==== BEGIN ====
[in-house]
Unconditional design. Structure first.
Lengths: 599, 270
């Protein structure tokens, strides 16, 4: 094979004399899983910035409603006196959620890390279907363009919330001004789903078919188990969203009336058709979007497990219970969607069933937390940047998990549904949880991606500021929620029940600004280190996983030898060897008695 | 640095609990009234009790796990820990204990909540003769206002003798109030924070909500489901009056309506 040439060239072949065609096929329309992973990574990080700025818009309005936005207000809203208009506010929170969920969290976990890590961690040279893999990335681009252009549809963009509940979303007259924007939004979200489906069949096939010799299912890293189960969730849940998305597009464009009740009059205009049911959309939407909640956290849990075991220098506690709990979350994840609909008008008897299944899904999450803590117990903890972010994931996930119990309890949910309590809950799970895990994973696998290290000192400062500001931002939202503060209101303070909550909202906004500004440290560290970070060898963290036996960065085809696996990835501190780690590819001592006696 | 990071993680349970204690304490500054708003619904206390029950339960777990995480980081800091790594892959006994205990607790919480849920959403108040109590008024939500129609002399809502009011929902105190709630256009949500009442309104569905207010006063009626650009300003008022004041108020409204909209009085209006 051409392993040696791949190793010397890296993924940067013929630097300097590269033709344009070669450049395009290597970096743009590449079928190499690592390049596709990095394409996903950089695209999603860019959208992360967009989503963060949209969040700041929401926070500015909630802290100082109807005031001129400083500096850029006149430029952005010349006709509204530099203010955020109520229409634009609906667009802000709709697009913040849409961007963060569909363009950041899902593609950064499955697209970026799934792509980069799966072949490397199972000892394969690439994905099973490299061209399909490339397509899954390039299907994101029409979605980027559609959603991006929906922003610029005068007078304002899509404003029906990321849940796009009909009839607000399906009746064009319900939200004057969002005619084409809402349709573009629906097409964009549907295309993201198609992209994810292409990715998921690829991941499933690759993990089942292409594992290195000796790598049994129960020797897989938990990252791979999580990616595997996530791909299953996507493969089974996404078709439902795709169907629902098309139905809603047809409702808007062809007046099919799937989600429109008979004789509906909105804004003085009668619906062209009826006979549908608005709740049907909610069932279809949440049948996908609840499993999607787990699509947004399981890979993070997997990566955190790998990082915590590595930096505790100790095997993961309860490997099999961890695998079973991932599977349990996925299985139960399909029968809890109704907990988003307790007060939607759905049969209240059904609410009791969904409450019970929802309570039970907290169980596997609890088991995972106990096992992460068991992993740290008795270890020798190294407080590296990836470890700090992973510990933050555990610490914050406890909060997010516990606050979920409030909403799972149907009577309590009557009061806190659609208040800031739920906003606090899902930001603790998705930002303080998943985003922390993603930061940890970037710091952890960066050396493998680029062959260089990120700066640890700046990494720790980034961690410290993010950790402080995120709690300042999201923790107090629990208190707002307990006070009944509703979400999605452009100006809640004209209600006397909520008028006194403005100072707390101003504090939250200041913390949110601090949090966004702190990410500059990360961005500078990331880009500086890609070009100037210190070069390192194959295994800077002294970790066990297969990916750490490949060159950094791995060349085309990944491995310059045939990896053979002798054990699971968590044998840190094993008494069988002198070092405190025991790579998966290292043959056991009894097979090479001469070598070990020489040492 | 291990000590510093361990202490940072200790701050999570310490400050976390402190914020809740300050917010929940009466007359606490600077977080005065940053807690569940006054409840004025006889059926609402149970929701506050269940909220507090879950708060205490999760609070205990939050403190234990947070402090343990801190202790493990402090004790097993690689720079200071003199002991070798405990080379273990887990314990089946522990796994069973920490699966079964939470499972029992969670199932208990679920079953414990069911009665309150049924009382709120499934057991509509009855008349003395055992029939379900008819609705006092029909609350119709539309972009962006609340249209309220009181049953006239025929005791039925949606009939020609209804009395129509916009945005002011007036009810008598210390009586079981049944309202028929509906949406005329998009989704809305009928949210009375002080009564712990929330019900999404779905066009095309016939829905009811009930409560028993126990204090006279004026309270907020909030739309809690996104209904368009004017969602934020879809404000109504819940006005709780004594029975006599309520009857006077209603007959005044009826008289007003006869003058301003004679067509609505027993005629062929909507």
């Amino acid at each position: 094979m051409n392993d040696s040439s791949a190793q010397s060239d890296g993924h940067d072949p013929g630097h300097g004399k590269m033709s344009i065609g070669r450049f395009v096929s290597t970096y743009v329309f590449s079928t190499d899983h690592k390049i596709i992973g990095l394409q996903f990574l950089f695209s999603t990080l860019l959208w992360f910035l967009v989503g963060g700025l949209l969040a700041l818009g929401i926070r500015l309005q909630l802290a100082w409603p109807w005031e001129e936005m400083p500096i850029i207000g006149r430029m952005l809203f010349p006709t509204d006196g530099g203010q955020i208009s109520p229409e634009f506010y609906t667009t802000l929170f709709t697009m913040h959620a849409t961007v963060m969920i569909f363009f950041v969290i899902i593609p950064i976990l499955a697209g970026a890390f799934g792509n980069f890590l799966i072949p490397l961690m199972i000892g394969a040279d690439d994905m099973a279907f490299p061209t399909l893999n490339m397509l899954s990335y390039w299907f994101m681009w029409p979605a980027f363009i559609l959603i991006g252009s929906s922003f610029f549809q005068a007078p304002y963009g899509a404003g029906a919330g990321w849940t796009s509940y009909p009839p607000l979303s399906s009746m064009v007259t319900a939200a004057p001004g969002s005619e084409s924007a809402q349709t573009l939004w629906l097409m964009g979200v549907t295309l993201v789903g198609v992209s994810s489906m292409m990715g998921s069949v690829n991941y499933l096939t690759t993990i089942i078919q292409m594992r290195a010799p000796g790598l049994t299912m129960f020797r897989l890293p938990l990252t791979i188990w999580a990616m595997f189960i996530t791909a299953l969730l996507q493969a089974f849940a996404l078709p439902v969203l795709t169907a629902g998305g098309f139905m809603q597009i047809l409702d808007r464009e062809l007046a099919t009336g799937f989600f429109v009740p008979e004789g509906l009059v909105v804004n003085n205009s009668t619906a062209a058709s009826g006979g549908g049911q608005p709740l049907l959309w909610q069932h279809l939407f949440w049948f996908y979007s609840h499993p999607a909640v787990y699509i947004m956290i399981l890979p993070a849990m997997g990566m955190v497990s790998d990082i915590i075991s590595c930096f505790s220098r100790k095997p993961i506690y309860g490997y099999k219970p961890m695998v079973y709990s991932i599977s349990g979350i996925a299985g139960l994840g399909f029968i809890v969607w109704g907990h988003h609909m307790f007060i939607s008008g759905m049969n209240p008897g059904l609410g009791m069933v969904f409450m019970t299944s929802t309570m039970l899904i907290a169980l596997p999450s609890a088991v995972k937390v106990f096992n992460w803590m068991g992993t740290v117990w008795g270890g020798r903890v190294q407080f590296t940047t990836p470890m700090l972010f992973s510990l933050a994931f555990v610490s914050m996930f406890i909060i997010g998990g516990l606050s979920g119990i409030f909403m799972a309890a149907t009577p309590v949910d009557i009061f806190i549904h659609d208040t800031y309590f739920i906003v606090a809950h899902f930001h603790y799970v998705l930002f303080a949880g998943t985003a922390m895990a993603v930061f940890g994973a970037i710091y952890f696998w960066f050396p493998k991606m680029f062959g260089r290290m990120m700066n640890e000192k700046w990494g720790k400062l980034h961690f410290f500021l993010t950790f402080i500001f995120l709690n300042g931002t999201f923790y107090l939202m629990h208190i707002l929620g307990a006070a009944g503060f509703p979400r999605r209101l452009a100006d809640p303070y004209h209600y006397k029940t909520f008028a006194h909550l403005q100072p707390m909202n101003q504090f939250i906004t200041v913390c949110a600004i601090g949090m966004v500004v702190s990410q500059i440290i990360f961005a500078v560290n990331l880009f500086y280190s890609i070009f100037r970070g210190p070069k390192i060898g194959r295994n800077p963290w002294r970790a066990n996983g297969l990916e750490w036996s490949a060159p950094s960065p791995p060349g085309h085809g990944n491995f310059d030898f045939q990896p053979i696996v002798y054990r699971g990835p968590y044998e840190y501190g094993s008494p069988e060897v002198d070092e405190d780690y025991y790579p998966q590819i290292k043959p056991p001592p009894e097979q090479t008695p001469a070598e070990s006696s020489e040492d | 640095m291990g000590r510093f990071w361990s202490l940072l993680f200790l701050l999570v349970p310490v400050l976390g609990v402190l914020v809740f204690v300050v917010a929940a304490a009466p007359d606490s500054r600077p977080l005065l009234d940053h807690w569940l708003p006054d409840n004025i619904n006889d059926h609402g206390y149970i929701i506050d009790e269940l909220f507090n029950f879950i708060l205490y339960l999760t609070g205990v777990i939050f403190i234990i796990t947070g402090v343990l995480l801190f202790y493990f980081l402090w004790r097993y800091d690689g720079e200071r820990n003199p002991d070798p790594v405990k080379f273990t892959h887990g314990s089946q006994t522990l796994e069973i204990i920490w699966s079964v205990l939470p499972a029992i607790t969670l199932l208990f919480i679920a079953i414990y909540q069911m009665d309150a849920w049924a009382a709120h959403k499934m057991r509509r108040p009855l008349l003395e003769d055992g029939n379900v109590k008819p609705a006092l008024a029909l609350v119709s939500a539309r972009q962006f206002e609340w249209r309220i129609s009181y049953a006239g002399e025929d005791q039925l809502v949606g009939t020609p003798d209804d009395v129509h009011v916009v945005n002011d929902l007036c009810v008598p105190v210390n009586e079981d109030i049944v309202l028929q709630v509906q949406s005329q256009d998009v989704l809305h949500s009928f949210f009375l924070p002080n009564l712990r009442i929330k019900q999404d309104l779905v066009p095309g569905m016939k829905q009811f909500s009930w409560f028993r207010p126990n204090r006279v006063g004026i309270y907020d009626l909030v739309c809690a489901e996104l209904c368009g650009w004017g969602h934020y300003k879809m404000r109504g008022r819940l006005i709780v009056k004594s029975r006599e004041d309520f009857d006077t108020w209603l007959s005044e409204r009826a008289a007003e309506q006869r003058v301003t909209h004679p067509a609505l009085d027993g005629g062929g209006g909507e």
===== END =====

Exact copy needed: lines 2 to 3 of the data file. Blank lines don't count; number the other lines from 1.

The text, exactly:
Unconditional design. Structure first.
Lengths: 599, 270